Some toeside turn thoughts from ECS

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vkrouverk
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Some toeside turn thoughts from ECS

Post by vkrouverk » Saturday 7 February 2009, 21:01

By working with pictures from last ECS I remembered one discussion where it was said that in EC heelside turn is easier than toeside.
Sounds contradictionary? Not really, as from observations during ECS and later from the the images quite common mistake on toeside can be observed: people are reaching for snow. This means that they bend from the waist forward and only after the hands are put on snow the board will be put on edge. Result? Ugly style and inefficient carving. Here is one example (hopefully rider in image doesn't mind being counter-example, don't want to critisize anyone personally!)
Image
Compare this to good example, there rider maintains straight upper body and let's snow come to him instead of reaching for the snow:
Image

On the bomberonline site there is good article from Jack Michaud addressing same problem:
The Toeside Problem
Hope that this post will be of help for some to understand their technique problems and correct them so next year we can see even more good riders on slopes :!:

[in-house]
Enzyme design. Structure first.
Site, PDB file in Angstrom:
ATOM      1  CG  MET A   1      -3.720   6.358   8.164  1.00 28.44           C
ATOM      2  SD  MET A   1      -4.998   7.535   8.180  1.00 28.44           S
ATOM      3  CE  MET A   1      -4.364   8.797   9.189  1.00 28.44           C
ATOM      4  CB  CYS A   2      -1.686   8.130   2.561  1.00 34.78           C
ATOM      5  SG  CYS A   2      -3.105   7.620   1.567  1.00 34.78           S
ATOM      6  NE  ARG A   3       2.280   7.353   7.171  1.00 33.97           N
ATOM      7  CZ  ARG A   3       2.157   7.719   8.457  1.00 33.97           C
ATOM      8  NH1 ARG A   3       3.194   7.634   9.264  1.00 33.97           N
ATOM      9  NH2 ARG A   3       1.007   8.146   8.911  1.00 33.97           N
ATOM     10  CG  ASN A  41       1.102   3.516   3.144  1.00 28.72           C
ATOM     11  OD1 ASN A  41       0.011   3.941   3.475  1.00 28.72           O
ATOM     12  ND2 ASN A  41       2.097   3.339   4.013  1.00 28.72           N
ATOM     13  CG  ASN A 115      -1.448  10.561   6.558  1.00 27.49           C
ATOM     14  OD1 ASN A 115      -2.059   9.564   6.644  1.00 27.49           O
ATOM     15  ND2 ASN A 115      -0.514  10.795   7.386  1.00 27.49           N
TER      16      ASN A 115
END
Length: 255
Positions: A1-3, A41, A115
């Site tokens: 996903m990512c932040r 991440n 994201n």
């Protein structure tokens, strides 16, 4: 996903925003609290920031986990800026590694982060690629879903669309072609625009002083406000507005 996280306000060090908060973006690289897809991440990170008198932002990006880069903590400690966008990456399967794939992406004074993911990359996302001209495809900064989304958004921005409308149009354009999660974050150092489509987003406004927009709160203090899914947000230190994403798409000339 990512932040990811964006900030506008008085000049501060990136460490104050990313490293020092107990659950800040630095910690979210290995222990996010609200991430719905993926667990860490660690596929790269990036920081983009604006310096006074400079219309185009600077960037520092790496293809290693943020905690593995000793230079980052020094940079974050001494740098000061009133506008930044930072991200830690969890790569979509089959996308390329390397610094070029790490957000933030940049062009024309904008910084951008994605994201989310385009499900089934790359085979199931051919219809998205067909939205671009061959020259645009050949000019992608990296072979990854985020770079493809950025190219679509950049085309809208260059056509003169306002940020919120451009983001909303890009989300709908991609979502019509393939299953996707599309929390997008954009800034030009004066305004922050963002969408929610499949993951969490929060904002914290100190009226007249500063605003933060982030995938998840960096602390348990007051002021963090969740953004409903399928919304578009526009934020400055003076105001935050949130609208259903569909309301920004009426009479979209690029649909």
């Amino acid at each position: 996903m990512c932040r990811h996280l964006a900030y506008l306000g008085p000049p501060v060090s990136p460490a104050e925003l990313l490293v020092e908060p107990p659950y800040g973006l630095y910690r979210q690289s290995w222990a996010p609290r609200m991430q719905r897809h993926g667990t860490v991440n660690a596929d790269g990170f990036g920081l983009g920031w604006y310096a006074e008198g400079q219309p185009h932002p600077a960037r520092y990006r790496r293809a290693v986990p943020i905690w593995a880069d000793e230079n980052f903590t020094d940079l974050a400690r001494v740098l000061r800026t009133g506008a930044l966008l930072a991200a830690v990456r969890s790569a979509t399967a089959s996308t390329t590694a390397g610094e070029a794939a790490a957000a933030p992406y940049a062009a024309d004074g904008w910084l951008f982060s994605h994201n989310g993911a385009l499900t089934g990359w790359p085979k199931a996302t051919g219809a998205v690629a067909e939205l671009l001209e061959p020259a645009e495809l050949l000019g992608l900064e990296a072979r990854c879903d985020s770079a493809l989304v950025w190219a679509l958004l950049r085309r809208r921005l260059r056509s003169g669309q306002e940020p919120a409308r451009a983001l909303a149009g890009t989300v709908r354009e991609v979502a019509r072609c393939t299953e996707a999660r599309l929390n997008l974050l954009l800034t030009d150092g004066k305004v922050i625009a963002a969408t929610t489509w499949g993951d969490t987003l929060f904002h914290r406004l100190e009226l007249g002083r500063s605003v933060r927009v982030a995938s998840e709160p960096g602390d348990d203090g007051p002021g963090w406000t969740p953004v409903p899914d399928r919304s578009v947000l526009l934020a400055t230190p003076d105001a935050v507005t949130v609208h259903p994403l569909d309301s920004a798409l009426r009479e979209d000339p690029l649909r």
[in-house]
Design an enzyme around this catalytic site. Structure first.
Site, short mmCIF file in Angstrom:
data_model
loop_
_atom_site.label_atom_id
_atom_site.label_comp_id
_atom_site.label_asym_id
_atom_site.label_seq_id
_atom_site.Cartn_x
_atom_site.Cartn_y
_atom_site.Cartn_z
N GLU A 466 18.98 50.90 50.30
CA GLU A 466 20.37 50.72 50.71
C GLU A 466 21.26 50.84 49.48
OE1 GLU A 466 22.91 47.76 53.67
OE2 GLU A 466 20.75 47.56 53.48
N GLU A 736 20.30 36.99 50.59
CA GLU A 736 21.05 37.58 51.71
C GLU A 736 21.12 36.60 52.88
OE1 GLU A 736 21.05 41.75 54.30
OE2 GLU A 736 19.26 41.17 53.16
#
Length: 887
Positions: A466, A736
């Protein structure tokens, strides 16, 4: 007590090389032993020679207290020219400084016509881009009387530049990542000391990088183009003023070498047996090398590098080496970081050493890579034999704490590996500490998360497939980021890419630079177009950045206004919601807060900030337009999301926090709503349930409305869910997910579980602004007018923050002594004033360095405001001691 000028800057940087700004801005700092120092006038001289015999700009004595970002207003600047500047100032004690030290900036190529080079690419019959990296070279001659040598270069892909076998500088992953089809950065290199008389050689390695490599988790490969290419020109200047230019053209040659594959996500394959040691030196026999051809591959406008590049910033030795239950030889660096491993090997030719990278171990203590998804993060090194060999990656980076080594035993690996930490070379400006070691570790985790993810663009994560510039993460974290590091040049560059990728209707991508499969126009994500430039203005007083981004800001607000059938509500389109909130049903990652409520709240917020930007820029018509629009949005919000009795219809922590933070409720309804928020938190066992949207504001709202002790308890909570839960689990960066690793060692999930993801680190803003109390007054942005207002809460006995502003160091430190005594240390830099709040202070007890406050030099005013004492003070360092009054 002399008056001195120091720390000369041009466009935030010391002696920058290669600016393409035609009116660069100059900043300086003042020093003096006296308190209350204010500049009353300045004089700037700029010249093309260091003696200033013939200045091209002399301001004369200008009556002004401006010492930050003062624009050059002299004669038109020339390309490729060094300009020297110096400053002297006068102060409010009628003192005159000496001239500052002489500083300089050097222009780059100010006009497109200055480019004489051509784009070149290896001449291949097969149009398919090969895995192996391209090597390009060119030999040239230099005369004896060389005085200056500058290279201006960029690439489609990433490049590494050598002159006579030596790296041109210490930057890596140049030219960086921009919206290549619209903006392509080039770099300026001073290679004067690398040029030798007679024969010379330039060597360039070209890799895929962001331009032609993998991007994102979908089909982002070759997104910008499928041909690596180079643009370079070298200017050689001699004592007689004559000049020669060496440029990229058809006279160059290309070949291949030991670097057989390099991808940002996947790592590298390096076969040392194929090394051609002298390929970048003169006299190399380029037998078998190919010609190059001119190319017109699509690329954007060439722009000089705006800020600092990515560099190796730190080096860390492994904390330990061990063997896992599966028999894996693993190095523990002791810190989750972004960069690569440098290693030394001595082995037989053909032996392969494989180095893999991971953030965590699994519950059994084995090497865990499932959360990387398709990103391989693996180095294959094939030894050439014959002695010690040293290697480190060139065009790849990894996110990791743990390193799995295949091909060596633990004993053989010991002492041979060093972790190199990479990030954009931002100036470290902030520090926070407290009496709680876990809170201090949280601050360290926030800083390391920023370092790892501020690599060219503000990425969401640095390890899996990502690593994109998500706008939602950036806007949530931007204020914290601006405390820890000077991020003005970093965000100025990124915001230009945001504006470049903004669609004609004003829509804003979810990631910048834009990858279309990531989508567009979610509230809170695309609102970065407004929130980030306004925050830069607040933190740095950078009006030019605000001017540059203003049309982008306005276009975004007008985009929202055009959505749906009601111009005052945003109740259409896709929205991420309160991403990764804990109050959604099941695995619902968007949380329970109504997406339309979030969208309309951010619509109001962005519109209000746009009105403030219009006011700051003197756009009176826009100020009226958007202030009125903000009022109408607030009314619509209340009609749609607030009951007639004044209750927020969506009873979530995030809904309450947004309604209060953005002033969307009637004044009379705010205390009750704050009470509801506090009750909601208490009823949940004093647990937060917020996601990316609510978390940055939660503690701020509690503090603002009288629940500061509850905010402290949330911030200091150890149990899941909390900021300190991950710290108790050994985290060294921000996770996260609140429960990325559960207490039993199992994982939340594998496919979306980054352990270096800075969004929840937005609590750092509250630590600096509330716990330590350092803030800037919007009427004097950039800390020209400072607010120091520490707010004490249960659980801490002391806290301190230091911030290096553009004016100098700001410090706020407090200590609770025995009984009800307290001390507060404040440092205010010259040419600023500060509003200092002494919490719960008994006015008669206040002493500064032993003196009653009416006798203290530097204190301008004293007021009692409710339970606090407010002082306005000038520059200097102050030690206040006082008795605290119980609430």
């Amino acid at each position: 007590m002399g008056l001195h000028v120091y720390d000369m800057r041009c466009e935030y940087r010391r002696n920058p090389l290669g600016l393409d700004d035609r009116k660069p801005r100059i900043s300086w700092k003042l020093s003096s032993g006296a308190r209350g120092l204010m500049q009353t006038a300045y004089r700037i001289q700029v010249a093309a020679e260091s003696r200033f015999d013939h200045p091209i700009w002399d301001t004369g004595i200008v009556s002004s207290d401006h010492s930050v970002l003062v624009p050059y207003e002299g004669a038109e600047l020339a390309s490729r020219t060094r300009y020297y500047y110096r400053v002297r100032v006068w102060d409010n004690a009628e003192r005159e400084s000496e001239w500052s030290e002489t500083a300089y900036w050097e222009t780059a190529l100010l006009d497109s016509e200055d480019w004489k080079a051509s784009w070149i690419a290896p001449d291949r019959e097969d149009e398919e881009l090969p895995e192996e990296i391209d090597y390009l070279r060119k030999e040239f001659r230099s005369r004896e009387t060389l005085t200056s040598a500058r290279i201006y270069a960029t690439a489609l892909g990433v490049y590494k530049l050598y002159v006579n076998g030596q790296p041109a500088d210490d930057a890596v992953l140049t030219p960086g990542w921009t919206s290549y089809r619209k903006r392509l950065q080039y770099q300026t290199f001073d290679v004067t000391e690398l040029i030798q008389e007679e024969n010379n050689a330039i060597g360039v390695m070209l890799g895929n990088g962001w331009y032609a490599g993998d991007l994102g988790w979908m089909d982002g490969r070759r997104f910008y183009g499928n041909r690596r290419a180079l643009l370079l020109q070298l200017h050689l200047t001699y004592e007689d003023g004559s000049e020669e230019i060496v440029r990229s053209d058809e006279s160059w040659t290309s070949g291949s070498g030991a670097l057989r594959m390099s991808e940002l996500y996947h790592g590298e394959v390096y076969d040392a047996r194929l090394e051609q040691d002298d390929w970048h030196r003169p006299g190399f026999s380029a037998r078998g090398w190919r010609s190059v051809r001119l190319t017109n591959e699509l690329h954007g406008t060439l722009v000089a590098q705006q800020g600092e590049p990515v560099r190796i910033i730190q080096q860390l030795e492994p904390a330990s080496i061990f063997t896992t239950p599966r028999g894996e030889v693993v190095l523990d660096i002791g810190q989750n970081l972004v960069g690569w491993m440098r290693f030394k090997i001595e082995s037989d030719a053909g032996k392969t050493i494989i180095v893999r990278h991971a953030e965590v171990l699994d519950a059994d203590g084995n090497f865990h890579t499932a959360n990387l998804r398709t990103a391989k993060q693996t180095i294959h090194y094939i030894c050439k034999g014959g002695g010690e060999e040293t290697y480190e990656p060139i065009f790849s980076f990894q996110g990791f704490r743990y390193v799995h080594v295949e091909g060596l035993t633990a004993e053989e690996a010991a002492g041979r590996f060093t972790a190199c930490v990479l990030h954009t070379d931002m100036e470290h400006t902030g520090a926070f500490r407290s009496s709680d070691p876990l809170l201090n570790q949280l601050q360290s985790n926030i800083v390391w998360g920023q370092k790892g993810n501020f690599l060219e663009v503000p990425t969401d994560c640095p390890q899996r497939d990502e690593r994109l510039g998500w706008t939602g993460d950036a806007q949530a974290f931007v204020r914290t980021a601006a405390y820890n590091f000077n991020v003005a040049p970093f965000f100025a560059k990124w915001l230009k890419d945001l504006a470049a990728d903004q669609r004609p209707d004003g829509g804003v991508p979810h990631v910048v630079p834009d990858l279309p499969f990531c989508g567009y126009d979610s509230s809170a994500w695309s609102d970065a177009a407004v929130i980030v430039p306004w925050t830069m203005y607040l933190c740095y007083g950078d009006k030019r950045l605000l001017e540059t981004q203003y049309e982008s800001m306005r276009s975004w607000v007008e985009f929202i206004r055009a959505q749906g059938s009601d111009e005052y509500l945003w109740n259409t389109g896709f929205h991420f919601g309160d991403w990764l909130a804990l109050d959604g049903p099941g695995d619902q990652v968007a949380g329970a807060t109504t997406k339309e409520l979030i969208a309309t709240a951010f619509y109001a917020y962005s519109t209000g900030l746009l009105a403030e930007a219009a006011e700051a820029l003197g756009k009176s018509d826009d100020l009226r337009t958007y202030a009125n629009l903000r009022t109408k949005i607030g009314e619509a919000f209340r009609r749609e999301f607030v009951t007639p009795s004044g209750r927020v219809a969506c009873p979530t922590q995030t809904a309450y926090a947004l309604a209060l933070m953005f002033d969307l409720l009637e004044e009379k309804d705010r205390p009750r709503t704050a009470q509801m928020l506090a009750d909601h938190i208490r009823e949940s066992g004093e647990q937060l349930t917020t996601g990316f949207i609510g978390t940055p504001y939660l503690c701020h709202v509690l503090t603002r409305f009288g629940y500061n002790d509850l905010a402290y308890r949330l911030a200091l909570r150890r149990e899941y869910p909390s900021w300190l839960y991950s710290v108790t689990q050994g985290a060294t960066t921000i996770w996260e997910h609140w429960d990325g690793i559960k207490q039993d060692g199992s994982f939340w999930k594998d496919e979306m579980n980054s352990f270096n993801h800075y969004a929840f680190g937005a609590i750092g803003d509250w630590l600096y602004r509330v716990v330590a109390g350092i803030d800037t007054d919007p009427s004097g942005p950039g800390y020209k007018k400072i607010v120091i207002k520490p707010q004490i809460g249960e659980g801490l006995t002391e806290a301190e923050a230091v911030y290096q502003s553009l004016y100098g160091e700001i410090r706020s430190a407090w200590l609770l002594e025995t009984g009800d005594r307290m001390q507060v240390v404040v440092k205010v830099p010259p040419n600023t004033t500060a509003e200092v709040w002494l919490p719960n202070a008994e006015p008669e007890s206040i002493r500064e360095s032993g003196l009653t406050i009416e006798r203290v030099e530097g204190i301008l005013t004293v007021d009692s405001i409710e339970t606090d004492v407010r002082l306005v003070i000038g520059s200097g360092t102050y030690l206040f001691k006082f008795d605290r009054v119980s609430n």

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Post by gdboytyler » Sunday 8 February 2009, 0:43

I've been complimented on my laid-out toeside carve, but from watching video, I knew I was also breaking at the waist. Watching "Carved" frame by frame really helped me with my "breaking at the waist" problem.

This frame capture from "Carved" really shows how much you need to bend the knees, so you DON'T break at the waist:

Image

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Hans
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follow the leader

Post by Hans » Sunday 8 February 2009, 1:44

here is also a very good example to follow the right movement:

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toeside / heelside turn

Post by Arnaud » Sunday 8 February 2009, 11:53

First of all, many thanks to Vahur to show a picture of me as the good example. It's a great honor :oops: even I'm sure I make also (often) the mistake described above :)

I agree that the first approach of toeside / frontside turn is easier because thanks to the rotation, the body is facing downhill, so you have a good vision of the slope. The common defect you described is not so difficult to correct, with good tips. This requires a good leg flexion before the turn, and a good timing for the edge change. "soft" boots helps also a lot !

But I don't totally agree with BOL article. Heelside / backside turn is much more difficult (at least using the EC technique), because due to the "egyptian" position at the end of frontside turn, the body is facing uphill, so you have to start the turn blindly. The difficulty is to find the good timing for edge change / rotation / touching the snow without seeing downhill.

Then it's true that the edge grip is generally better on heelside because there is strong pressure on the edge. Chattering problem occurs more often during frontside turn, especially if the turn is not perfect.